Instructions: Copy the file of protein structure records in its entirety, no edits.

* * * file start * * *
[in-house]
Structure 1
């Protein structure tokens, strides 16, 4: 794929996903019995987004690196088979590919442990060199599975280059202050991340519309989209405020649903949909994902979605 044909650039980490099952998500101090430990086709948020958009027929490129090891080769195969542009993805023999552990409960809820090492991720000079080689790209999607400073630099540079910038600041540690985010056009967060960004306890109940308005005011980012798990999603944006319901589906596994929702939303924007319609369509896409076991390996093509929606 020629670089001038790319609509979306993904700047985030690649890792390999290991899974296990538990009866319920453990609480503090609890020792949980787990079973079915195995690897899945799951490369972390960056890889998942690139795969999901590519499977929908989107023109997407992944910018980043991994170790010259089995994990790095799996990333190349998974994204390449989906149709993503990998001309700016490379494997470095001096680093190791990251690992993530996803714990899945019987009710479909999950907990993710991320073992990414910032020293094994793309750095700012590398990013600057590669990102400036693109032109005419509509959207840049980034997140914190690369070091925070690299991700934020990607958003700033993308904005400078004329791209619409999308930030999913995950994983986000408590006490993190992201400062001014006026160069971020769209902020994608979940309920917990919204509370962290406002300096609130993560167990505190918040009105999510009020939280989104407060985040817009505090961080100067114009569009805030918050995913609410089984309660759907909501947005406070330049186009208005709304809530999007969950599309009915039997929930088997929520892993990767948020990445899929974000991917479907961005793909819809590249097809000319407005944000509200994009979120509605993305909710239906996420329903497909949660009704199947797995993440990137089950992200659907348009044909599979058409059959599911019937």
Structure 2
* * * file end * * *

[in-house]
Structure 1
């Protein structure tokens, strides 16, 4: 794929996903019995987004690196088979590919442990060199599975280059202050991340519309989209405020649903949909994902979605 044909650039980490099952998500101090430990086709948020958009027929490129090891080769195969542009993805023999552990409960809820090492991720000079080689790209999607400073630099540079910038600041540690985010056009967060960004306890109940308005005011980012798990999603944006319901589906596994929702939303924007319609369509896409076991390996093509929606 020629670089001038790319609509979306993904700047985030690649890792390999290991899974296990538990009866319920453990609480503090609890020792949980787990079973079915195995690897899945799951490369972390960056890889998942690139795969999901590519499977929908989107023109997407992944910018980043991994170790010259089995994990790095799996990333190349998974994204390449989906149709993503990998001309700016490379494997470095001096680093190791990251690992993530996803714990899945019987009710479909999950907990993710991320073992990414910032020293094994793309750095700012590398990013600057590669990102400036693109032109005419509509959207840049980034997140914190690369070091925070690299991700934020990607958003700033993308904005400078004329791209619409999308930030999913995950994983986000408590006490993190992201400062001014006026160069971020769209902020994608979940309920917990919204509370962290406002300096609130993560167990505190918040009105999510009020939280989104407060985040817009505090961080100067114009569009805030918050995913609410089984309660759907909501947005406070330049186009208005709304809530999007969950599309009915039997929930088997929520892993990767948020990445899929974000991917479907961005793909819809590249097809000319407005944000509200994009979120509605993305909710239906996420329903497909949660009704199947797995993440990137089950992200659907348009044909599979058409059959599911019937």
Structure 2